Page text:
Life has its challenges, and being a father compounds those challenges.  Someone has got to be the leader in the family.  The buck has got to stop with someone. Herein lies the challenge.

I believe that fathers are called to be leaders in love.  Being a leader requires making decisions on behalf of those you lead that are open to question.  It also requires that you are prepared to take the criticism that your decided course of action will arouse.

Another aspect of leadership is the wisdom required to achieve consensus-style leadership decisions where everyone owns and abides by the final decision.  This is commonly called win-win decision making.

Some time ago, I faced a difficult decision on the home front.  We had three sons who were working full-time.  Their contribution to their share of the consumption of food and other household costs was averaging $50 per week each.  Both my wife and I knew that this was inadequate, and that it was at least twice this figure.  Our sons were not excited by the possibility of an increase, and began to object to the proposal.

I remembered Steve Covey, author of ‘The Seven Habits of Highly Effective Families’, writing about a situation where both he and his wife realised they had to cut back the amount of TV their children were watching.  As they talked about it, the children began to object, but Stephen Covey had a very good idea.  He called a meeting of his nine children (I thought I had a large family), gave them all the facts and figures of the bad effects of too much TV, and then left the room so that his kids could make the decision themselves.

The result was that the children agreed together to limit TV-viewing to a much more family-friendly level independently of mum and dad.  This is an example of win-win decision-making at its best.

Putting this idea into effect, my wife and I worked out the average household costs on a weekly basis per family member.  We discussed the pros and cons at our weekly family meeting/fun night, and then left the final decision up to our sons.  The final result was a much more realistic contribution to living costs than before.  The decision was not only a good result, but gave them an insight into the decision-making process themselves.

Leadership is not just telling people what to do, but devising ways whereby people can make their own decisions and learn responsibility in the process. True servant leadership is helping people make decisions and then standing back and letting them take the credit for the decision that you helped them make.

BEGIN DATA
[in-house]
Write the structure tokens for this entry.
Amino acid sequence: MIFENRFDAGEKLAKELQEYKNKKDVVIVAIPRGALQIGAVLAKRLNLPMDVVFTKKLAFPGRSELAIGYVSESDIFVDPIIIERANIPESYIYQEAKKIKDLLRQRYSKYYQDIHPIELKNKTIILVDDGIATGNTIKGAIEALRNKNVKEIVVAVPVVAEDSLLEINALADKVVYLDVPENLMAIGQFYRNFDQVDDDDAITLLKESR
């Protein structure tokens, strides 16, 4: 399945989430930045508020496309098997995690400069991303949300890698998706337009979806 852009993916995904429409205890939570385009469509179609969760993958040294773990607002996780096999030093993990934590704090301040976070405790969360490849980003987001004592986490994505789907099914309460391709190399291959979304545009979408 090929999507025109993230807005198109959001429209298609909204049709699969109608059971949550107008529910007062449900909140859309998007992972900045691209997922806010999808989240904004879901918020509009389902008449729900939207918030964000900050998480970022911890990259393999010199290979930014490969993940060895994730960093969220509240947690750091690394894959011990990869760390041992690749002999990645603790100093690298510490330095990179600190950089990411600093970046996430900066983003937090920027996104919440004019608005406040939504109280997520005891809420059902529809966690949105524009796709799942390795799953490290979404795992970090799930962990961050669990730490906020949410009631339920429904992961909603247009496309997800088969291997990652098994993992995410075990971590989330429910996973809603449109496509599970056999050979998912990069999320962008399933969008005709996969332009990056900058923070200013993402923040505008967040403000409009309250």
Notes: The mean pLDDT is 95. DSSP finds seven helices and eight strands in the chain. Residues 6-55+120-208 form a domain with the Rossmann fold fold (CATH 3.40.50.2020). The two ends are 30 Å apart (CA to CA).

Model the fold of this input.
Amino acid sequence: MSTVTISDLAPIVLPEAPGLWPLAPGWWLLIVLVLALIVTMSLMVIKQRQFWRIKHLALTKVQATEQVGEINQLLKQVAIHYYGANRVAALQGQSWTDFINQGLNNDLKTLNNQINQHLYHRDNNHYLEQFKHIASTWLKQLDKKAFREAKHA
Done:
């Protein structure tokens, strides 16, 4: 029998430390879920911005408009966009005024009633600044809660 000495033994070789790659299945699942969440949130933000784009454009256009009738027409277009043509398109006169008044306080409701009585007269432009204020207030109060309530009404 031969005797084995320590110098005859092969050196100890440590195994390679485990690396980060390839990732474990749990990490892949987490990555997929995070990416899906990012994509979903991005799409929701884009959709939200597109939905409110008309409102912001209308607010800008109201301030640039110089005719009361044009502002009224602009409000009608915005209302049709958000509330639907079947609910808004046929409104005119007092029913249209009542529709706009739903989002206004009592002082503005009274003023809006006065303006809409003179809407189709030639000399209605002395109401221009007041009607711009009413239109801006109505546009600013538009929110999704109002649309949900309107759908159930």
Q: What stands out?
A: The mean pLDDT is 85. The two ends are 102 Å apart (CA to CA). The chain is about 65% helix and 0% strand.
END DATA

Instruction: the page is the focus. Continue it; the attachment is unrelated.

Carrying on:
Lau Tzu, the Chinese philosopher, describes those leaders who help create win-win decisions:

“A leader is best when people barely know he exists,
when his work is done, his aim fulfilled, they will say: ‘we did it ourselves’.”


Work at being a leader in love by achieving win-win results from the whole family on a collective basis.

Remember — a good leader can inspire his or her followers to want to be led.

This is one of the biggest challenges of being a father.

Leading families in love and gentleness is the mark of good fathering.

Win-win decision making is the best way to lead in love.

Go for it and put theory into practice today.

Yours for leading in love,

Warwick Marsh

About the Author: Warwick Marsh

Warwick Marsh has been married to Alison Marsh since 1975; they have five children and nine grandchildren, and he and his wife live in Wollongong in NSW, Australia. He is a family and faith advocate, social reformer, musician, TV producer, writer and public speaker. Warwick is a leader in the Men’s and Family Movement, and he is well-known in Australia for his advocacy for children, marriage, manhood, family, fatherhood and faith. Warwick is passionate to encourage men to be great fathers and to know the greatest Father of all. The Father in Whom “there is no shadow of turning.”


  1. […] instinctively know that children need to experience the pain of poor decisions. Call it the law of consequence. Call it what you will, our children need to confront reality, as […]

  2. […] instinctively know that children need to experience the pain of poor decisions. Call it the law of consequence. Call it what you will, our children need to confront reality, as […]

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